Increasing emergency room visits for stroke by elevated levels of fine particulate constituents

Szu Ying Chen, Yu Lun Lin, Wei Tien Chang, Chung Te Lee, Chang Chuan Chan

Research output: Contribution to journalArticlepeer-review

25 Scopus citations

Abstract

The associations between fine particulate matter (PM2.5) and stroke remain inconsistent. We conducted a time-series study to evaluate emergency room (ER) visits for ischemic and hemorrhagic strokes in relation to PM2.5 and its constituents. Generalized additive models were used to model the counts of daily ER visits for ischemic and hemorrhagic strokes among patients admitted to the National Taiwan University Hospital from 1 January 2004 to 31 August 2008. Exposure variables included PM2.5 and the four constituents, nitrate, sulfate, organic carbon (OC), and elemental carbon (EC). 12,982 ischemic stroke and 3362 hemorrhagic stroke cases were identified during the study period. For hemorrhagic stroke, the strongest relative risks (RRs) of ER visits were 1.19 [95% confidence interval (CI), 1.07-1.32] and 1.08 (95% CI, 1.02-1.15) for an interquartile range (IQR) increase in 3-day average nitrate and EC. For ischemic stroke, increased RRs of ER visits of 1.21 (95% CI, 1.07-1.36) and 1.18 (95% CI, 1.06-1.31) were observed in the warm season for an IQR increase in 3-day average of OC and EC, respectively. PM2.5 and OC were associated with increased RRs of ER visits for ischemic stroke among patients aged 65years or older and female patients. In conclusion, PM2.5 constituents, rather than PM2.5 mass, are more closely related to ER visits for hemorrhagic stroke. Both PM2.5 mass and its chemical constituents are associated with ER visits for ischemic stroke in the warm season, among patients older than 65years, and female patients.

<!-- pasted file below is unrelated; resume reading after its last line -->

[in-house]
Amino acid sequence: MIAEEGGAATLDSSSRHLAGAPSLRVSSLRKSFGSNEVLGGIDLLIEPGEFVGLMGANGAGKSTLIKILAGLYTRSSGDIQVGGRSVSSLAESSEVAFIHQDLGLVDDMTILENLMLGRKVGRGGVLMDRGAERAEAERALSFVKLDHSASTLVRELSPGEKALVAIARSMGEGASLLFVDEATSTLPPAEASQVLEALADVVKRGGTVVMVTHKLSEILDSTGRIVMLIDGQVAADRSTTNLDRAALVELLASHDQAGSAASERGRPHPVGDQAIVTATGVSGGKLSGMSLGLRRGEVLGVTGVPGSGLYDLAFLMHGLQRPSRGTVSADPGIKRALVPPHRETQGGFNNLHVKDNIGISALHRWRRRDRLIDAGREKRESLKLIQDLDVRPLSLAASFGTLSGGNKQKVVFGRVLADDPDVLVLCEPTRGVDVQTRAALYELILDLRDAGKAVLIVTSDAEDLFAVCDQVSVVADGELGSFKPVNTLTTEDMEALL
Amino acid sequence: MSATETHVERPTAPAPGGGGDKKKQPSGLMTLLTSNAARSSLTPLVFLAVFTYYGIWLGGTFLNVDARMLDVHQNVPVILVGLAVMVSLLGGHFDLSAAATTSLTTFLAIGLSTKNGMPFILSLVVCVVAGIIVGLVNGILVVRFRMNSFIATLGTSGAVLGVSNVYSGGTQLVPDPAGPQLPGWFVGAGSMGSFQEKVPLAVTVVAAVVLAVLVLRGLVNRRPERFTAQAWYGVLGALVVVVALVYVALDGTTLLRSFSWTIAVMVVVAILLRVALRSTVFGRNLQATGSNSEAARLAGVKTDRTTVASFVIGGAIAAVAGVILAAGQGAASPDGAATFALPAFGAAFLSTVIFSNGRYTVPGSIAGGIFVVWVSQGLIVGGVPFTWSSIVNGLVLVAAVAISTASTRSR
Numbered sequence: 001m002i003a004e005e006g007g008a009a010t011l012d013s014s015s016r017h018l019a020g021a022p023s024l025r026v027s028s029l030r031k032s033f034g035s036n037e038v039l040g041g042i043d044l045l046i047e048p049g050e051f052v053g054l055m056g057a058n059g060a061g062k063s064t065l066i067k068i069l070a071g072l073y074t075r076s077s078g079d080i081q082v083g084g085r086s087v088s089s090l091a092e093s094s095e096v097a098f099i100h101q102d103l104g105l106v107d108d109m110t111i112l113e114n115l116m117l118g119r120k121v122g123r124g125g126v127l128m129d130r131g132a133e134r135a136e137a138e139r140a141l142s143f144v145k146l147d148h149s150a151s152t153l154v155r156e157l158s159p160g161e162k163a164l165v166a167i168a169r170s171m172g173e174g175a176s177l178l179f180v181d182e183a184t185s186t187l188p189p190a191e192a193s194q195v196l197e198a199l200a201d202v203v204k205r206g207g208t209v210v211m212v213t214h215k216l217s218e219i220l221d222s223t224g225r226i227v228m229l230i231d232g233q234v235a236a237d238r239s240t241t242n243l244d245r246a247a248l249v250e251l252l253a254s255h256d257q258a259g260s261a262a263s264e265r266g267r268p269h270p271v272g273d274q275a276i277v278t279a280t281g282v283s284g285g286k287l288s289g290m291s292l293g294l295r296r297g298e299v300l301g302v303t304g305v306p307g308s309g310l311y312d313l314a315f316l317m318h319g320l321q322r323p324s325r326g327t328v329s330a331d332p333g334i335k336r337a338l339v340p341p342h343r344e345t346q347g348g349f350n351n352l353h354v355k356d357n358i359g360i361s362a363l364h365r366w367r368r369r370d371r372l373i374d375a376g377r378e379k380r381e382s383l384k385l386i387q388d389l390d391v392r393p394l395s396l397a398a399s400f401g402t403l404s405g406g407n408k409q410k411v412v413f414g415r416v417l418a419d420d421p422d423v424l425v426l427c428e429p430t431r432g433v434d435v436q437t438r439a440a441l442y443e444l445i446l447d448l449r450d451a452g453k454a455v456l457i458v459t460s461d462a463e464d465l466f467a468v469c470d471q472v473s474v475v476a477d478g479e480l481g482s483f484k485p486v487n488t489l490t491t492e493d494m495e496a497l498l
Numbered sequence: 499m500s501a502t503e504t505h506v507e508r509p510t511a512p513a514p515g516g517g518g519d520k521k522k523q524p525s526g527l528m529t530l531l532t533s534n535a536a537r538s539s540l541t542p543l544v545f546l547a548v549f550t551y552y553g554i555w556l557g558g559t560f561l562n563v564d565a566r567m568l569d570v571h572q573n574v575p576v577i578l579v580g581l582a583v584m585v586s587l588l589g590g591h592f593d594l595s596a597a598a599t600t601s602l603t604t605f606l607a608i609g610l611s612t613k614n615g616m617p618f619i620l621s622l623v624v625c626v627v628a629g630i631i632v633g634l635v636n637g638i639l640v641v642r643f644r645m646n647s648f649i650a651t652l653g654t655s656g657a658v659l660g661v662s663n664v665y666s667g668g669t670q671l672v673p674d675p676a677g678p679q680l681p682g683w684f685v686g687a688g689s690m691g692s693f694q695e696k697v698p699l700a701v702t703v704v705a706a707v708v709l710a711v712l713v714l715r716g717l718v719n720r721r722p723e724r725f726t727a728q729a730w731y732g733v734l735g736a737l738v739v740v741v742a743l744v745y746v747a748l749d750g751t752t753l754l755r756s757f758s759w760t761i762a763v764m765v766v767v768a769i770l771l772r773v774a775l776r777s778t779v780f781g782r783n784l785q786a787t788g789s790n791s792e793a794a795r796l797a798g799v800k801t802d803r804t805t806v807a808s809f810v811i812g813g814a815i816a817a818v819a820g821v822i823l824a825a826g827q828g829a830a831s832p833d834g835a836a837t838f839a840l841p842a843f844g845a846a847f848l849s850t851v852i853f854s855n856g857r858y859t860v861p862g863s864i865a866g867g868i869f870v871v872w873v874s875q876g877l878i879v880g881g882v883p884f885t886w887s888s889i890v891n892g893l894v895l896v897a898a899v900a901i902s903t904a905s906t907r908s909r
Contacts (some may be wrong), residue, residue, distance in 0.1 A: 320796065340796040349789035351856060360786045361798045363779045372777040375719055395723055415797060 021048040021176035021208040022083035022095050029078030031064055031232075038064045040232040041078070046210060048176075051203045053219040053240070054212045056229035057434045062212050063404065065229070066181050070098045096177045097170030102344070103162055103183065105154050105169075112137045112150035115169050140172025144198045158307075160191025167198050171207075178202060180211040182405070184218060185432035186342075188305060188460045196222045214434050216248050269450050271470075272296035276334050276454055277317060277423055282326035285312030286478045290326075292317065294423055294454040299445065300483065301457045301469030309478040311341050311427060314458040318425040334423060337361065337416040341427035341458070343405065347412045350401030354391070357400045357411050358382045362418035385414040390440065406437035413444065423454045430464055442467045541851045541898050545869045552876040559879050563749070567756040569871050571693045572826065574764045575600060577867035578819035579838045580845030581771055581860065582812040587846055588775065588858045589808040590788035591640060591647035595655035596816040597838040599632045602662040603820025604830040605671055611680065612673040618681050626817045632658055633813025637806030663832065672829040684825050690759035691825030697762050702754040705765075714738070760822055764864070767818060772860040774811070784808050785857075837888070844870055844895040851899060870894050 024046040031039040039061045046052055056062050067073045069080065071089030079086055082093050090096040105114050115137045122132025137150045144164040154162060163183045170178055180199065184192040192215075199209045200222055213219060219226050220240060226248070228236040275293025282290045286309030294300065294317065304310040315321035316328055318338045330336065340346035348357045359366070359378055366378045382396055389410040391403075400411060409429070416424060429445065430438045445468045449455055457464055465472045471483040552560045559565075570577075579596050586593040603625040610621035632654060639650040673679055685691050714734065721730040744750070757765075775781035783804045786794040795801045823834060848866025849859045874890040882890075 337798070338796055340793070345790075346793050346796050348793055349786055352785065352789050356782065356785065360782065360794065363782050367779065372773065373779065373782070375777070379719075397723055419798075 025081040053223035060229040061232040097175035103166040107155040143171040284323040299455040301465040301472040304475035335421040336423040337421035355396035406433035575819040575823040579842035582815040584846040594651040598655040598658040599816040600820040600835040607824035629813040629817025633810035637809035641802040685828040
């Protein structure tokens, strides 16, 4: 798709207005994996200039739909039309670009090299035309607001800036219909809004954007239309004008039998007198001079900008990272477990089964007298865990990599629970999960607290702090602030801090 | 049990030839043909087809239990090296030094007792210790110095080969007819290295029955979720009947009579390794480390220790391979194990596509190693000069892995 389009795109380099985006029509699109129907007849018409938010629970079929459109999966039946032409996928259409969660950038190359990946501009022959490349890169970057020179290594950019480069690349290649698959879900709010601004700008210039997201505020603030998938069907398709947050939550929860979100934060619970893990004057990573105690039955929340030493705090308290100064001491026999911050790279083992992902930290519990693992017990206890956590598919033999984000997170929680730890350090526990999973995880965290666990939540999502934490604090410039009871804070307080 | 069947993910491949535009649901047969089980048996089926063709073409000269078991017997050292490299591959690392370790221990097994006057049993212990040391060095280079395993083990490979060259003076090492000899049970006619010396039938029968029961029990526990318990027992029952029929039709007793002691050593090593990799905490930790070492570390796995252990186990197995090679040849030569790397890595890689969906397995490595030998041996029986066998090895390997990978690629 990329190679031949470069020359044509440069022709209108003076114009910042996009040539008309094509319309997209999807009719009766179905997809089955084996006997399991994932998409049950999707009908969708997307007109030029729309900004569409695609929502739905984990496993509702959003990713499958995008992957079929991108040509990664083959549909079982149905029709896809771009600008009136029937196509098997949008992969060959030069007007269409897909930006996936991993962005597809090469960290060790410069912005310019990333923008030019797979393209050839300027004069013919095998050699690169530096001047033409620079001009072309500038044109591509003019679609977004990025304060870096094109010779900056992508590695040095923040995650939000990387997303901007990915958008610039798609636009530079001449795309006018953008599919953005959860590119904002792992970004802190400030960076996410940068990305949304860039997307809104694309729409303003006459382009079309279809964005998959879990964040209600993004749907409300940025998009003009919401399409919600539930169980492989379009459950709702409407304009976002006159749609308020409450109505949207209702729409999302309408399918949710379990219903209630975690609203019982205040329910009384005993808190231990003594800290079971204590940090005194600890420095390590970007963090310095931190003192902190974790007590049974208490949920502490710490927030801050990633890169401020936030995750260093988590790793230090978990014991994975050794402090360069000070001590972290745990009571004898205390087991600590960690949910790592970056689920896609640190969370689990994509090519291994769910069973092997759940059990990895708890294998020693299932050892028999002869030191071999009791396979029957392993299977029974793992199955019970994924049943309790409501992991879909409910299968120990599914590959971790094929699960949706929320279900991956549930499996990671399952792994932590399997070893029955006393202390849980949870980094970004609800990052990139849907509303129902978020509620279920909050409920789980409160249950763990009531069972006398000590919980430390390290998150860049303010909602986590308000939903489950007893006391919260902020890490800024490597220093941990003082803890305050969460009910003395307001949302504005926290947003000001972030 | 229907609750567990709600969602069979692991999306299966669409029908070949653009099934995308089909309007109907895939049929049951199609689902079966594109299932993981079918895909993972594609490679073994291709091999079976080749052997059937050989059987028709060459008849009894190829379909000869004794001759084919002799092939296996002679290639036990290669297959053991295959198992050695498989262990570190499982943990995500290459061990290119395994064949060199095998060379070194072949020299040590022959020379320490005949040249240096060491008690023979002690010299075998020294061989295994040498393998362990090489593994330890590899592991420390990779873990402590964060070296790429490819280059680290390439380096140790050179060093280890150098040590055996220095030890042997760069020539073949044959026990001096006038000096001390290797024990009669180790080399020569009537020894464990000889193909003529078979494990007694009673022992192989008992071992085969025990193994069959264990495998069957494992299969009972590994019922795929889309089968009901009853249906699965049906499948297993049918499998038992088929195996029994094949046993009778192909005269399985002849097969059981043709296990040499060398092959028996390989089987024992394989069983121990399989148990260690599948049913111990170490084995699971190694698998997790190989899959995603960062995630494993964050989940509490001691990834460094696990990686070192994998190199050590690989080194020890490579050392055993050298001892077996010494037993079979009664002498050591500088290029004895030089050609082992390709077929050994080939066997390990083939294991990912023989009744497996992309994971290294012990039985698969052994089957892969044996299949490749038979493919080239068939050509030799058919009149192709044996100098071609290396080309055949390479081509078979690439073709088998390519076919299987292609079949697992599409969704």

Original languageEnglish
Pages (from-to)446-450
Number of pages5
JournalScience of the Total Environment
Volume473-474
DOIs
StatePublished - 1 Mar 2014

Keywords

  • Air pollution
  • Emergency room visits
  • Particulate matter
  • Stroke
  • Time-series study

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